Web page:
Participating Producers

Here are some of the vignerons coming for The Big Glou.
Additional profiles added daily!

Martin Texier
After spending some time discovering the wine market in both Europe and the US, Martin recently settled in Northern Rhone with his own project, taking over 5 hectares in the area of Saint-Julien-en-Saint-Alban. He aims to developped the vineyard of the Ouveze Valley by replanting traditionnal varieties and maintain ancient, natural winemaking method.

Nicolas Carmarans
After following his fathers foot steps running the Café de la Nouvelle Mairie, one of the Mecca of natural wine in Paris for a very long time, Nicolas Carmarans decided to call it quit in 2009, and made the move to the Pays d’Entraygues in the Aveyron, where his grand father used to make wine before moving to Paris. With one goal in mind, making the same kind of wines he served for years, he purchased a vineyard (Mauvais Temps) and an old house in the hamlet of Le Bruel, and shall we say, the rest his history!!!

Claire Naudin
“Wife” of Jean-Yves Bizot, which has his own winery in Vosne Romanée and parent of there 3 sons. Claire domaine is located in the Hautes-Côtes area, right between Beaune and Nuits Saint Georges. She studied agronomy and wine making in Montpellier, and took over her father’s domaine 25 years ago. Her philosophy tends to minimize intervention, both in the vineyards and for the wines. 15 years ago, she started with fermentation without adding sulfites, and year after year, she kept developing these wines.

Pàcina, as a place, dates back to 900AD. Today, it is under the stewardship of Giovanna Tiezzi and her husband Stefano Borsa. It as much a farm as a winery, producing chickpeas, faro, and olive oil. Based in Berardenga, in the heart of all of Tuscany, very little has changed in the winemaking. The focus is on farming organically, fermenting and raising the wines naturally, and preserving the purity of the place called Pàcina.

Nacho Gonzalez
Nacho Gonzalez is a colleteiro working 1.5 Ha of old vines around the town of Larouco, located in the Valdeorras (Galicia) wine region. Nacho chooses to work outside the DO, as his non-interventionist approach and subsequent wines do not fit the more conventional Valdeorras offerings. His approach to farming is to treat the vineyard as an ecosystem.  Fermentations are in clay vessels or open-top barrels with whole grape clusters, and elevage is carried out in old French oak, with no racking, clarifying, or sulfur additions. The resulting wines are pure expressions of old vine Valdeorras terroir. 4.500 bottles made.

Agnès and René Mosse
Agnès and René Mosse live and work in the village of St-Lambert-du-Lattay, in the Coteaux-du-Layon area of Anjou. The Layon is a small tributary to the Loire that lazily digs its way through well exposed and drained hills of schist and sandstone. Its micro-climate allows for a long hang-time, and when the mornings are foggy in the fall, with no rain, botrytis develops easily on the Chenin grapes.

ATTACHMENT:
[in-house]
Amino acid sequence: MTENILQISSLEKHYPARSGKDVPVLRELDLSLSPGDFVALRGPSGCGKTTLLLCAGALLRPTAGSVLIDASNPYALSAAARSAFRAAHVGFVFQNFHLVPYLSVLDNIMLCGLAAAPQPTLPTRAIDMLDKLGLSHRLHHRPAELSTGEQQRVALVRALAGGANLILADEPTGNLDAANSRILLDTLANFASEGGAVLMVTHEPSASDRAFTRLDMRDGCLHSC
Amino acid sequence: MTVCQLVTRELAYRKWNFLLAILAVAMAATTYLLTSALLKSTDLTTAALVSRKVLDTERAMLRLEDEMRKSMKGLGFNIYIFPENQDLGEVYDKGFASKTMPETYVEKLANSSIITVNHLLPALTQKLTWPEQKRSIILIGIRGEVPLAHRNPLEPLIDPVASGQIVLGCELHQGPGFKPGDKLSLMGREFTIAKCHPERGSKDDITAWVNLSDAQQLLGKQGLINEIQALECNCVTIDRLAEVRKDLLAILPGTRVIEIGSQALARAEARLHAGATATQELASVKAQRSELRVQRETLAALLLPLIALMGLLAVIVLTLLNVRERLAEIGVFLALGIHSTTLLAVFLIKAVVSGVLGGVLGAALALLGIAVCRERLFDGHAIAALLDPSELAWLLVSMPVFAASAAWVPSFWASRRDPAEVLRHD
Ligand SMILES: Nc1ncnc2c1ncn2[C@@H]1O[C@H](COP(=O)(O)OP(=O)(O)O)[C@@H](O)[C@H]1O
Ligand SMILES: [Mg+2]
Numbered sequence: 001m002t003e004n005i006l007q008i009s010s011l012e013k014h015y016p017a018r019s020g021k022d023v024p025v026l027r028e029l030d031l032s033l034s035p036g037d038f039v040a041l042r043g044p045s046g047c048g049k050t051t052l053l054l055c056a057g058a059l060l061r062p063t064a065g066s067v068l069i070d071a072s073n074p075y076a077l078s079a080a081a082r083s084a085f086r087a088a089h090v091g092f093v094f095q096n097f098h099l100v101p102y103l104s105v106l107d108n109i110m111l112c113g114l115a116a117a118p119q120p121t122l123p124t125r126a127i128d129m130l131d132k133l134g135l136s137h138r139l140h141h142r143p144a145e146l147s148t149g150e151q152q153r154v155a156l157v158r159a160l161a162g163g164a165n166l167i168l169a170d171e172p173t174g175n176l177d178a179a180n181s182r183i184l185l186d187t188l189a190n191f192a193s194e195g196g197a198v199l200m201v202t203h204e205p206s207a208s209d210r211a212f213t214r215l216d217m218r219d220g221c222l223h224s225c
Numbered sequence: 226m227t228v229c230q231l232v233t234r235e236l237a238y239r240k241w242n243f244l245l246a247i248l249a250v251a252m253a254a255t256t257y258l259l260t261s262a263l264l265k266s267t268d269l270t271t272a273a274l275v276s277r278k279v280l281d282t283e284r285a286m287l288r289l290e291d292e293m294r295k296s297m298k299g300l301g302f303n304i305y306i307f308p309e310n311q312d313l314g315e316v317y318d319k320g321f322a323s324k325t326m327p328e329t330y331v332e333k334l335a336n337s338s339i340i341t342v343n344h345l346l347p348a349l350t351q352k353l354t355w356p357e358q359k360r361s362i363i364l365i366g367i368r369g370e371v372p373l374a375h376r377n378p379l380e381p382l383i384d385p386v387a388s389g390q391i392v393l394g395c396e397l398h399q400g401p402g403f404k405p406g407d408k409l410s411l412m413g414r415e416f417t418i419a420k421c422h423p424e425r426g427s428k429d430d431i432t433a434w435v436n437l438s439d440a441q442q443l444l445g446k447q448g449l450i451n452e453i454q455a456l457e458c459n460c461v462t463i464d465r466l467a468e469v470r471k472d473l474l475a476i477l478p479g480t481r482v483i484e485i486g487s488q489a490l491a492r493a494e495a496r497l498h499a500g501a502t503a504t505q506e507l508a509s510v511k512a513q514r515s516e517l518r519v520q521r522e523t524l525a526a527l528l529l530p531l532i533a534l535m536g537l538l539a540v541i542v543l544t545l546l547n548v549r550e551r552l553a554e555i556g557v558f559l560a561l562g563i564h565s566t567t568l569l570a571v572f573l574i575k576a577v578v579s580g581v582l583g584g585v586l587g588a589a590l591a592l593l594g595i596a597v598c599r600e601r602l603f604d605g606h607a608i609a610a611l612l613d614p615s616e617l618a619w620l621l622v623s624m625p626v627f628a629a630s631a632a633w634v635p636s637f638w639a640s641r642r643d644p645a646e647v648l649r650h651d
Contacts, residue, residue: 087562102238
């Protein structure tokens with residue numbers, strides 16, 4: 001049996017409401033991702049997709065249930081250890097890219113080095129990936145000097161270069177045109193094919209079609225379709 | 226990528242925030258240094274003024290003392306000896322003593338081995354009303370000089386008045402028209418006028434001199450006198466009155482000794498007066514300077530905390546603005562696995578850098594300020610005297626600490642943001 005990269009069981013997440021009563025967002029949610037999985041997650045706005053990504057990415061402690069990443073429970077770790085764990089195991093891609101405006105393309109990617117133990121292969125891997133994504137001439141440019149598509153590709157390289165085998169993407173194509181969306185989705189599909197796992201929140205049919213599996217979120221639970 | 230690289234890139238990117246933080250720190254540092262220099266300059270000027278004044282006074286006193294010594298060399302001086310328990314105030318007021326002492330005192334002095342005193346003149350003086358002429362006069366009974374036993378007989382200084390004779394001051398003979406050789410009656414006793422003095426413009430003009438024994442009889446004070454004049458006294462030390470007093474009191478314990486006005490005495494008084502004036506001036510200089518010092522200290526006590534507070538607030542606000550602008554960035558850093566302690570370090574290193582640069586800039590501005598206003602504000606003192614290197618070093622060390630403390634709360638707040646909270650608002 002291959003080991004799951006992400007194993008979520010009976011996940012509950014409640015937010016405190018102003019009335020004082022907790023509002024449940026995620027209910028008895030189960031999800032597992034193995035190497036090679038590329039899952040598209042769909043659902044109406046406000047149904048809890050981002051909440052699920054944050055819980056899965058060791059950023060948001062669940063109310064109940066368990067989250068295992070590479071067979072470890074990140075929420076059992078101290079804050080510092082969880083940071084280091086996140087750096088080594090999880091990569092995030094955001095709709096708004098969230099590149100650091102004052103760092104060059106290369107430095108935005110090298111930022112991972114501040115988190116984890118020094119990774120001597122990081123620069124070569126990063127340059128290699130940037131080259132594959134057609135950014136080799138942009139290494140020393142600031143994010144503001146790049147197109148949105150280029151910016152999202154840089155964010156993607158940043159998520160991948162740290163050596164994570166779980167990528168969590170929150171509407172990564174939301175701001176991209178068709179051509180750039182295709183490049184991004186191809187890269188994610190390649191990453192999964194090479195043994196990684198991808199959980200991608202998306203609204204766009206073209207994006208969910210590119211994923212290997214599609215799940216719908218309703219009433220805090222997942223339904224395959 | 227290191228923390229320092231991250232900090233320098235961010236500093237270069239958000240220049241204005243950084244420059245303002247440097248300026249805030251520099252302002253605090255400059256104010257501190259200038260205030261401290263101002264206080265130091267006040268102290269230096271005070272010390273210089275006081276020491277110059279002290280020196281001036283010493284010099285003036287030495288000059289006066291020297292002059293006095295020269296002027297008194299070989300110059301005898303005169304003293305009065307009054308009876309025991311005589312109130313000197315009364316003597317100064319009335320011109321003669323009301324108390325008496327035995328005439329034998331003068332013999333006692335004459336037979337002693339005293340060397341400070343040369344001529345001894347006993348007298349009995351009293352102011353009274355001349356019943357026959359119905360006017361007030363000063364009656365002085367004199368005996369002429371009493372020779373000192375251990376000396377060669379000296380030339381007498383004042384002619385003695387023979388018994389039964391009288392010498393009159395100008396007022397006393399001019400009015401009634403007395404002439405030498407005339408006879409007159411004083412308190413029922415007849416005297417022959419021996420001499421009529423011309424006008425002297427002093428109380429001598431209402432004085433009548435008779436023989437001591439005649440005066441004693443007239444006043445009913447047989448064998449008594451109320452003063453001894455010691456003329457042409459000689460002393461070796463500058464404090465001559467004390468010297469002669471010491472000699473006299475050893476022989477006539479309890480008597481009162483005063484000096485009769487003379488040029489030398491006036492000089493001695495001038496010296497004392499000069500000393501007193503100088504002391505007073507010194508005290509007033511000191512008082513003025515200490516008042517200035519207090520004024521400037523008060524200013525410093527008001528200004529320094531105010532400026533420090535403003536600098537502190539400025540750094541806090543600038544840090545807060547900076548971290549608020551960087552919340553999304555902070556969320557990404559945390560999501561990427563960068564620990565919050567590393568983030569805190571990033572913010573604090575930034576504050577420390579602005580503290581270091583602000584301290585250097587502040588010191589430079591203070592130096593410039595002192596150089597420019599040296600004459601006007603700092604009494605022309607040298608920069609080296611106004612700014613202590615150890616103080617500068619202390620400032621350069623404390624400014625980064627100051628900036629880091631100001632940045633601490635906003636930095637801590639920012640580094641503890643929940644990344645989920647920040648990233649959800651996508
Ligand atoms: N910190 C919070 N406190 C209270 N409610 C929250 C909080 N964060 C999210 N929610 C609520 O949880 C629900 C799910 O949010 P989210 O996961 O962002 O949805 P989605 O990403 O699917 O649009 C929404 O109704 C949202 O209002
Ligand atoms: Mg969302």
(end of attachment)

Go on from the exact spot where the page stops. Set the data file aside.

Previously, the Mosse had owned a wine-bar/wine retail in Tours, and they credit the great vignerons they met there, among them Jo Pithon and François Chidaine, as the impetus to become winemakers. They studied viticulture and oenology at the agricultural lycée in Amboise where two of their teachers were Thierry Puzelat (Clos du Tue Boeuf) and Christian Chaussard (Domaine le Briseau).

Pierre Michelland – Domaine de La Realtiere
In 2002 Pierre left the world of the aquaculture to follow the footsteps of his father in the vineyard. The vineyards are on calcareous soil with tiny parcels in restanque, with the benefit of a micro climate in the mountain and harsh in both winter and summer. In the Septentrionale par of the Coteaux D’Aix en Provence appelation, the harvest is late in the season. Harvest by hand and selection in he vineyard. The vinification is selectives according to the varietals, the parcels and the wine chosen. Domaine de La Realtiere is in the Bio since 1994 and in Biodynamie since 2010.

Bow & Arrow
Scott Frank is a scrappy négociant from the Willamette Valley in Oregon.  With a background making him uniquely unqualified to be a winemaker he began an apprenticeship with Cameron Winery. Establishing Bow & Arrow shortly thereafter with the conceit of working exclusively with varieties of with the Loire, he is free to explore Oregon’s terroir outside of the Burgundy template the region has adhered to for so long.”